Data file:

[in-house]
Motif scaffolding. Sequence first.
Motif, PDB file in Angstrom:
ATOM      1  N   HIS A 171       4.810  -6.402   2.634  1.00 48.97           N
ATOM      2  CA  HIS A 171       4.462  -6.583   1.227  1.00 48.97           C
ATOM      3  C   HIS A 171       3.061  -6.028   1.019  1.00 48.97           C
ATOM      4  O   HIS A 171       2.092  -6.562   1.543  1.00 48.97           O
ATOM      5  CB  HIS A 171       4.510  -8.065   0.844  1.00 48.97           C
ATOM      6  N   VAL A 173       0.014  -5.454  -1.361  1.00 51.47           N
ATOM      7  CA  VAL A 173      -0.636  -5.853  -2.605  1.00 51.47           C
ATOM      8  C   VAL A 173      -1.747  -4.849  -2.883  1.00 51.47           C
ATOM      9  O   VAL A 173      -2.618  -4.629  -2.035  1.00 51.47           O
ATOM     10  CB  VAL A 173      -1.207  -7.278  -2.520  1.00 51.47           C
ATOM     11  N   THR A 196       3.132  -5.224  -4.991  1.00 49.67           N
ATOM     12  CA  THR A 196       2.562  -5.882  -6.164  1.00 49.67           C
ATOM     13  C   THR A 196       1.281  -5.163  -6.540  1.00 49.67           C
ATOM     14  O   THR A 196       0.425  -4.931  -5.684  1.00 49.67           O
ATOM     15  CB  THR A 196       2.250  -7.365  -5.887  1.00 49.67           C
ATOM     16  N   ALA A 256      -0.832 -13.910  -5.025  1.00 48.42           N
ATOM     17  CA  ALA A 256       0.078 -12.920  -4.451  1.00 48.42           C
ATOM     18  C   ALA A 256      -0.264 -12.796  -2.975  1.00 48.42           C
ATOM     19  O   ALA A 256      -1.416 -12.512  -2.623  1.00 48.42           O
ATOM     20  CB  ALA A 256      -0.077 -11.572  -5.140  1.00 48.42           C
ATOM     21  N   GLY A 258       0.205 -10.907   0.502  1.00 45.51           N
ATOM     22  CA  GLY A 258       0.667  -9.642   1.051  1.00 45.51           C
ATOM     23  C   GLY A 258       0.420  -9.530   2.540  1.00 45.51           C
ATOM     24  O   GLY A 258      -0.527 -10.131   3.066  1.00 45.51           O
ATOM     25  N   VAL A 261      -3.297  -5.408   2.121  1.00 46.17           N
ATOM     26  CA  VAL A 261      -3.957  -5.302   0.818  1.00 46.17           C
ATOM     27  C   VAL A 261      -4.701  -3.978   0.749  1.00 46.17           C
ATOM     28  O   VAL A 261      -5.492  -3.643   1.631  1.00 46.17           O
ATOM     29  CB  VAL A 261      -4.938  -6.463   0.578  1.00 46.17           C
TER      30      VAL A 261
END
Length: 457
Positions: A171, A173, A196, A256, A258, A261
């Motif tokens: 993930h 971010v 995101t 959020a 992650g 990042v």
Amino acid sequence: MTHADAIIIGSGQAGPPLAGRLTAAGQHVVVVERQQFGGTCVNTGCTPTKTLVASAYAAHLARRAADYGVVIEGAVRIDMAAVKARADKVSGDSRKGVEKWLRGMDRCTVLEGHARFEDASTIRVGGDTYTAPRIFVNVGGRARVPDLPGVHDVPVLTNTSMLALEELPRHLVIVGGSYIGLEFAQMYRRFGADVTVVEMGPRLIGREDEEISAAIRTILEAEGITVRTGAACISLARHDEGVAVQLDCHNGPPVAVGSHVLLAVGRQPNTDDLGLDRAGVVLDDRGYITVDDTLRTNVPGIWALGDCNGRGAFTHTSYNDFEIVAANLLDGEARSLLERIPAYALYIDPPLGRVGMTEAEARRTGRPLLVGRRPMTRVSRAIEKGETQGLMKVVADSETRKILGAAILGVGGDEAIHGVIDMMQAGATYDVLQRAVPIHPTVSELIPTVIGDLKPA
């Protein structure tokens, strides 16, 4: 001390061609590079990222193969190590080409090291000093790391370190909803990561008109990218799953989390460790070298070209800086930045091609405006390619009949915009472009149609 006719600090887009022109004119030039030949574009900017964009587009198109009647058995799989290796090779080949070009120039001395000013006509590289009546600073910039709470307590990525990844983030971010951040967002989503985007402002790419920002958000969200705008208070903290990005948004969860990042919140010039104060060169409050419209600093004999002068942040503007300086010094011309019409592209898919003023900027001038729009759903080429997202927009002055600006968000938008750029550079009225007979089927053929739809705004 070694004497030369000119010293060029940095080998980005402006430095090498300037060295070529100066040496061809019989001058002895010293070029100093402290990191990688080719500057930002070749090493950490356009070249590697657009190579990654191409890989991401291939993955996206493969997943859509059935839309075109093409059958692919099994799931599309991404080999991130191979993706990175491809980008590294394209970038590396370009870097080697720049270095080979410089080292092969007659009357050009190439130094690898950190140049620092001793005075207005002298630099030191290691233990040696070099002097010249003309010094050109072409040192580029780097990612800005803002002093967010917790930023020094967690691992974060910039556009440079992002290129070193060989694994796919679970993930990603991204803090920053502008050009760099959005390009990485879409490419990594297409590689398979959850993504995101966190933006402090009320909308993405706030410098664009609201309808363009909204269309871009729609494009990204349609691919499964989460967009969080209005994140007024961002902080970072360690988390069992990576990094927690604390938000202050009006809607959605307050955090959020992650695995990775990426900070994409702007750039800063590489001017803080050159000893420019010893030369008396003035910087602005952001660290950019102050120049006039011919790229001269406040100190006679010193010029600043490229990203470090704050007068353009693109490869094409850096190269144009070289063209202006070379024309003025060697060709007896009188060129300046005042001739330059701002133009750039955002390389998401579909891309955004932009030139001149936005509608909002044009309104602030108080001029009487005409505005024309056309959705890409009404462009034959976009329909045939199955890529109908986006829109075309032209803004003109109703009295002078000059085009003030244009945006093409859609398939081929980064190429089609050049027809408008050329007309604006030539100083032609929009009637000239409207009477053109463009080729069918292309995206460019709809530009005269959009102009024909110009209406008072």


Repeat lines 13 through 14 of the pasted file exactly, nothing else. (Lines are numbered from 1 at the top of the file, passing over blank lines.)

ATOM     10  CB  VAL A 173      -1.207  -7.278  -2.520  1.00 51.47           C
ATOM     11  N   THR A 196       3.132  -5.224  -4.991  1.00 49.67           N